Car trim reviews

Hyundai i30 Classic

The entry-level Hyundai i30 Classic is very comfortable and offers incredible value for money, despite not having alloy wheels.

The Hyundai i30 Classic is the entry-level trim i30 in the range, although it still has plenty of equipment and is available with the most efficient engine, the 1.6 CRDi diesel. Taking on rivals such as the Volkswagen Golf S and Ford Focus Edge, the Hyundai i30 is no longer a budget option, but instead offers quality, space and comfort at an affordable price. Standard spec includes Bluetooth phone connection, LED daytime running lights and air conditioning. Also, when fitted with the 1.6 CRDi diesel engine, it is capable of returning up to 76mpg and produces emissions of less than 100g/km - so is very cheap to run. Buyers have the choice of three engines in total, including one further 1.4-litre CRDi diesel and one 1.4-litre petrol. The Hyundai i30 Classic is cleverly styled to resemble the bigger Hyundai i40, and although running on 15-inch steel wheels, remains an attractive looking hatchback with a comfortable ride. We were so impressed by the i30 that we named it CarBuyer’s 2012 Car of the Year.

Good points

As is the case with many of our award winners, the Hyundai i30 manages to be both desirable and sensible, and boasts lots of positives. The first thing you notice is the build quality, which is approaching Volkswagen Golf standards. Equipment is also generous for an entry-level model, with Bluetooth, air conditioning, front fog lights and a multi-function steering wheel all fitted as standard. Space is impressive too thanks to a class-leading 378-litre boot and spacious split-folding back seats. Although similar in price to entry-level rivals, the Hyundai i30 Classic is cheaper to run, is much better equipped and comes with a five-year warranty – making it an attractive car to own.

Bad points

The Hyundai i30 has an image problem, something that the new model is keen to shrug off. As a result, residual values are predicted to fall slightly lower than its European rivals, which could hurt come re-sale time. Other downsides include slightly poor rear visibility and an optional automatic gearbox that affects fuel economy terribly. Also, if we had to nit-pick, the i30 isn’t as enjoyable to drive as the Ford Focus or Honda Civic, which may deter some buyers.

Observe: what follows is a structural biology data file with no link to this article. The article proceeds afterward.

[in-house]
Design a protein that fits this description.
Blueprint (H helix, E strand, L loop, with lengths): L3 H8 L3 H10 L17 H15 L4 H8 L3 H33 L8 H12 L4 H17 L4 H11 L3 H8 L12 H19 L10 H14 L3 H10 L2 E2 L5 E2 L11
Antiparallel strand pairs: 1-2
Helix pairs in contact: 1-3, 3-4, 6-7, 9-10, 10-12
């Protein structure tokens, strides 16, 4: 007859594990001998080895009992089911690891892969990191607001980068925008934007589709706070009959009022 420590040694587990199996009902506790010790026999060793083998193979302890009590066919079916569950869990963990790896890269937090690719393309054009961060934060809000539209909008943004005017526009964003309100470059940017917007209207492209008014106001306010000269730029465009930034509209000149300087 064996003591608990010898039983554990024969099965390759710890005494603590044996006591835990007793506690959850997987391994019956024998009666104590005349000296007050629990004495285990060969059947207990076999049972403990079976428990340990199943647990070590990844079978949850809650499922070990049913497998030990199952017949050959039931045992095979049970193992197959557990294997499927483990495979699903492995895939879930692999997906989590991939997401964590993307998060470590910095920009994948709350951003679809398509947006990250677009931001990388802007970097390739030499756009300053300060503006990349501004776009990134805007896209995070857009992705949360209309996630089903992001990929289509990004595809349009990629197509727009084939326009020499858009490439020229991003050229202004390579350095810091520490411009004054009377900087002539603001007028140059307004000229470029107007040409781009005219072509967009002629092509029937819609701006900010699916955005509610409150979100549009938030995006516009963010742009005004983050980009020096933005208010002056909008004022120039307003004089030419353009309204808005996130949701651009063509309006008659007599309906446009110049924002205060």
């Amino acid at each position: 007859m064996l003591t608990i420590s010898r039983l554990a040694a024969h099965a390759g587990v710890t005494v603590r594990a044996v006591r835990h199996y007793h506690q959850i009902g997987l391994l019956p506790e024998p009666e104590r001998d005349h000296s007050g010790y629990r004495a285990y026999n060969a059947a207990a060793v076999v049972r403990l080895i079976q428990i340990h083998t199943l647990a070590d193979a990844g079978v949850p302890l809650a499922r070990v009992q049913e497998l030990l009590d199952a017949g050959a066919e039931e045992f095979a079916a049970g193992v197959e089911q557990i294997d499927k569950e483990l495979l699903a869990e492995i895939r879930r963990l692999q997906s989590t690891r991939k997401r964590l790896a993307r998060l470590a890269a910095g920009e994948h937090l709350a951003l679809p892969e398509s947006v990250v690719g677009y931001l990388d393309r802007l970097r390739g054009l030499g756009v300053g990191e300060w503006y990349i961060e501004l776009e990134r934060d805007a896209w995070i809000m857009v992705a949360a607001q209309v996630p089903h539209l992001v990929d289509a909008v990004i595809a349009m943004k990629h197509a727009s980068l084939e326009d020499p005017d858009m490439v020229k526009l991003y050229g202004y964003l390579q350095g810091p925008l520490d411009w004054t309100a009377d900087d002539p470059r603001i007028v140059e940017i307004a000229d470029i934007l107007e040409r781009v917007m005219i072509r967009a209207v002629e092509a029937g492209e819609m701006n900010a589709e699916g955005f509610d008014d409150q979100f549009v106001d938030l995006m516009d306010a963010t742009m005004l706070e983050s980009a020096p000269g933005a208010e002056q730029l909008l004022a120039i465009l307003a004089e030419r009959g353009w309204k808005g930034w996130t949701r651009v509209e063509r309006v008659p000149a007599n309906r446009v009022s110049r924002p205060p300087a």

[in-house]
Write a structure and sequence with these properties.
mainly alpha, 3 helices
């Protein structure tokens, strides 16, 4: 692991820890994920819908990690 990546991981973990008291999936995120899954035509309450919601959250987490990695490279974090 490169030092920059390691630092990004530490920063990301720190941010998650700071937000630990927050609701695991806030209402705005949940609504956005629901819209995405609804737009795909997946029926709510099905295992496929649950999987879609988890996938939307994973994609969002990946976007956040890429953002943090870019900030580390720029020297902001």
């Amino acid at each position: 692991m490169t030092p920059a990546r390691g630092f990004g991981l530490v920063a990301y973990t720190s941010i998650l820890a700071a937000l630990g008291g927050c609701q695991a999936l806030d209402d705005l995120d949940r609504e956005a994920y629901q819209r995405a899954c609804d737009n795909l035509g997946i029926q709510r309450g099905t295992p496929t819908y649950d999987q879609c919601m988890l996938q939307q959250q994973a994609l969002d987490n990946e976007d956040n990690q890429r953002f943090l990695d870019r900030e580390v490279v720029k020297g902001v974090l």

What you get

  • Folding rear seats
  • Alarm
  • Passenger & Driver airbag
  • Front side airbags
  • Curtain airbags
  • Front fog lights
  • Manual air conditioning
  • Height adjustable driver's seat
  • Front electric windows
  • Single CD player
  • AUX stereo input
  • Bluetooth

Recommended optional extras

  • Metallic paint

Our choice

For buyers who regularly travel long distances we'd reccommend the 1.6 CRDi diesel for its very low running costs, alternatively the 1.4 petrol is very cheap to buy in Classic trim.

Recommended

2020 Hyundai i30 facelift starts from £20,695
Hyundai i30
24 Sep 2020

2020 Hyundai i30 facelift starts from £20,695

Hyundai i30 hatchback
Hyundai i30
20 Feb 2020

Hyundai i30 hatchback

Hyundai i30 owner reviews
Hyundai i30
20 Feb 2020

Hyundai i30 owner reviews

Most Popular

Updated Peugeot 5008 starts at £29,585
Peugeot 5008 SUV
9 Oct 2020

Updated Peugeot 5008 starts at £29,585

Cupra Formentor SUV review
Cupra Formentor SUV front 3/4 cornering
Cupra Formentor
13 Oct 2020

Cupra Formentor SUV review

2020 Volkswagen ID.3 hatchback: base model starts at under £30k
Volkswagen ID.3 - front 3/4 view - 2019 Frankfurt Motor Show
Volkswagen ID.3
14 Oct 2020

2020 Volkswagen ID.3 hatchback: base model starts at under £30k